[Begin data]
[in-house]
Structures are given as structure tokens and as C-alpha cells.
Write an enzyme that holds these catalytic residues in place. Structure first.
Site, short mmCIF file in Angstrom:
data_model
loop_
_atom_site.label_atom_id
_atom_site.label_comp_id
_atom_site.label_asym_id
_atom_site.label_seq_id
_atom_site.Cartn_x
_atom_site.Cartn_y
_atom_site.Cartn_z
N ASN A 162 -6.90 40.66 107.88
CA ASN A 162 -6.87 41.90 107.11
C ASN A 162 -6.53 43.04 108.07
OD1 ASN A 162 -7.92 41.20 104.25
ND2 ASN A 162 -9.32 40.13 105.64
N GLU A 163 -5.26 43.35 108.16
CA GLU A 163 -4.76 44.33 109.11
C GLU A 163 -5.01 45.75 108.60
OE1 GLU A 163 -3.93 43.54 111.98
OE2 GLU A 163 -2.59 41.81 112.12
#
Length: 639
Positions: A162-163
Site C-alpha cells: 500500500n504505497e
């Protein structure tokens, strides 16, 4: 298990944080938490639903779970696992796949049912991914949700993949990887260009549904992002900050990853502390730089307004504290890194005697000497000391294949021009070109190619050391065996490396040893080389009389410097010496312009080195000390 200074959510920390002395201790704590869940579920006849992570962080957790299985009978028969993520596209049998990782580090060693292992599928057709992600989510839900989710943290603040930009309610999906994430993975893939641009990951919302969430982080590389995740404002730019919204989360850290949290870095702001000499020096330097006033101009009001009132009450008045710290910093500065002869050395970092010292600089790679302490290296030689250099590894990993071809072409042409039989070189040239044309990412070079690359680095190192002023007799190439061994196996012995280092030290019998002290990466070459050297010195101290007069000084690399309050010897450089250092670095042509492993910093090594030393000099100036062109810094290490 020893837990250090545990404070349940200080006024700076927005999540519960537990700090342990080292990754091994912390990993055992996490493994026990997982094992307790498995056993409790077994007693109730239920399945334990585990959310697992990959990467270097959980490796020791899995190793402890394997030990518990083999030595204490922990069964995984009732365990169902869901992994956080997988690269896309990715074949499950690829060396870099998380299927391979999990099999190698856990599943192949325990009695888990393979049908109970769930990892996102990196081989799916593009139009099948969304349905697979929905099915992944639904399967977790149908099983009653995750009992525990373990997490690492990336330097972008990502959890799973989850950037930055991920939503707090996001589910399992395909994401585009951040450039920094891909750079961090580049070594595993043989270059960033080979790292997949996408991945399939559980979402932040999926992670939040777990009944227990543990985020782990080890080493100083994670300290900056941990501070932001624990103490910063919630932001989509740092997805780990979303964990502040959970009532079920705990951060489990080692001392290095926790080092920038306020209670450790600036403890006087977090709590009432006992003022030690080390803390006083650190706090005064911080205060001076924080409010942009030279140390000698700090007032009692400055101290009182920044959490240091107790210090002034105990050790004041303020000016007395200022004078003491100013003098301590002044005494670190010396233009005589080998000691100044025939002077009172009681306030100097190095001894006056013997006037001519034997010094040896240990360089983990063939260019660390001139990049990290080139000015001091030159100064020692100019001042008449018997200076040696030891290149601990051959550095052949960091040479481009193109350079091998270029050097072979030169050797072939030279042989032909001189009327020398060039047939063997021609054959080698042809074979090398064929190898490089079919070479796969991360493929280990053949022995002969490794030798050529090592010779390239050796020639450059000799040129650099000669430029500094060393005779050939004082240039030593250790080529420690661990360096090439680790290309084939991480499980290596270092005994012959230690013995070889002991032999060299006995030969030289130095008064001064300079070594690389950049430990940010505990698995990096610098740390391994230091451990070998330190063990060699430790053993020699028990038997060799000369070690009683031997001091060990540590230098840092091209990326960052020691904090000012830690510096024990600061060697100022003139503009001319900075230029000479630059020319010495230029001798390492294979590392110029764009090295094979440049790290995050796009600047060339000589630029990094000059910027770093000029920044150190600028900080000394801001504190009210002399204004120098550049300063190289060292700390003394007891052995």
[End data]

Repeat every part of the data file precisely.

[in-house]
Structures are given as structure tokens and as C-alpha cells.
Write an enzyme that holds these catalytic residues in place. Structure first.
Site, short mmCIF file in Angstrom:
data_model
loop_
_atom_site.label_atom_id
_atom_site.label_comp_id
_atom_site.label_asym_id
_atom_site.label_seq_id
_atom_site.Cartn_x
_atom_site.Cartn_y
_atom_site.Cartn_z
N ASN A 162 -6.90 40.66 107.88
CA ASN A 162 -6.87 41.90 107.11
C ASN A 162 -6.53 43.04 108.07
OD1 ASN A 162 -7.92 41.20 104.25
ND2 ASN A 162 -9.32 40.13 105.64
N GLU A 163 -5.26 43.35 108.16
CA GLU A 163 -4.76 44.33 109.11
C GLU A 163 -5.01 45.75 108.60
OE1 GLU A 163 -3.93 43.54 111.98
OE2 GLU A 163 -2.59 41.81 112.12
#
Length: 639
Positions: A162-163
Site C-alpha cells: 500500500n504505497e
């Protein structure tokens, strides 16, 4: 298990944080938490639903779970696992796949049912991914949700993949990887260009549904992002900050990853502390730089307004504290890194005697000497000391294949021009070109190619050391065996490396040893080389009389410097010496312009080195000390 200074959510920390002395201790704590869940579920006849992570962080957790299985009978028969993520596209049998990782580090060693292992599928057709992600989510839900989710943290603040930009309610999906994430993975893939641009990951919302969430982080590389995740404002730019919204989360850290949290870095702001000499020096330097006033101009009001009132009450008045710290910093500065002869050395970092010292600089790679302490290296030689250099590894990993071809072409042409039989070189040239044309990412070079690359680095190192002023007799190439061994196996012995280092030290019998002290990466070459050297010195101290007069000084690399309050010897450089250092670095042509492993910093090594030393000099100036062109810094290490 020893837990250090545990404070349940200080006024700076927005999540519960537990700090342990080292990754091994912390990993055992996490493994026990997982094992307790498995056993409790077994007693109730239920399945334990585990959310697992990959990467270097959980490796020791899995190793402890394997030990518990083999030595204490922990069964995984009732365990169902869901992994956080997988690269896309990715074949499950690829060396870099998380299927391979999990099999190698856990599943192949325990009695888990393979049908109970769930990892996102990196081989799916593009139009099948969304349905697979929905099915992944639904399967977790149908099983009653995750009992525990373990997490690492990336330097972008990502959890799973989850950037930055991920939503707090996001589910399992395909994401585009951040450039920094891909750079961090580049070594595993043989270059960033080979790292997949996408991945399939559980979402932040999926992670939040777990009944227990543990985020782990080890080493100083994670300290900056941990501070932001624990103490910063919630932001989509740092997805780990979303964990502040959970009532079920705990951060489990080692001392290095926790080092920038306020209670450790600036403890006087977090709590009432006992003022030690080390803390006083650190706090005064911080205060001076924080409010942009030279140390000698700090007032009692400055101290009182920044959490240091107790210090002034105990050790004041303020000016007395200022004078003491100013003098301590002044005494670190010396233009005589080998000691100044025939002077009172009681306030100097190095001894006056013997006037001519034997010094040896240990360089983990063939260019660390001139990049990290080139000015001091030159100064020692100019001042008449018997200076040696030891290149601990051959550095052949960091040479481009193109350079091998270029050097072979030169050797072939030279042989032909001189009327020398060039047939063997021609054959080698042809074979090398064929190898490089079919070479796969991360493929280990053949022995002969490794030798050529090592010779390239050796020639450059000799040129650099000669430029500094060393005779050939004082240039030593250790080529420690661990360096090439680790290309084939991480499980290596270092005994012959230690013995070889002991032999060299006995030969030289130095008064001064300079070594690389950049430990940010505990698995990096610098740390391994230091451990070998330190063990060699430790053993020699028990038997060799000369070690009683031997001091060990540590230098840092091209990326960052020691904090000012830690510096024990600061060697100022003139503009001319900075230029000479630059020319010495230029001798390492294979590392110029764009090295094979440049790290995050796009600047060339000589630029990094000059910027770093000029920044150190600028900080000394801001504190009210002399204004120098550049300063190289060292700390003394007891052995």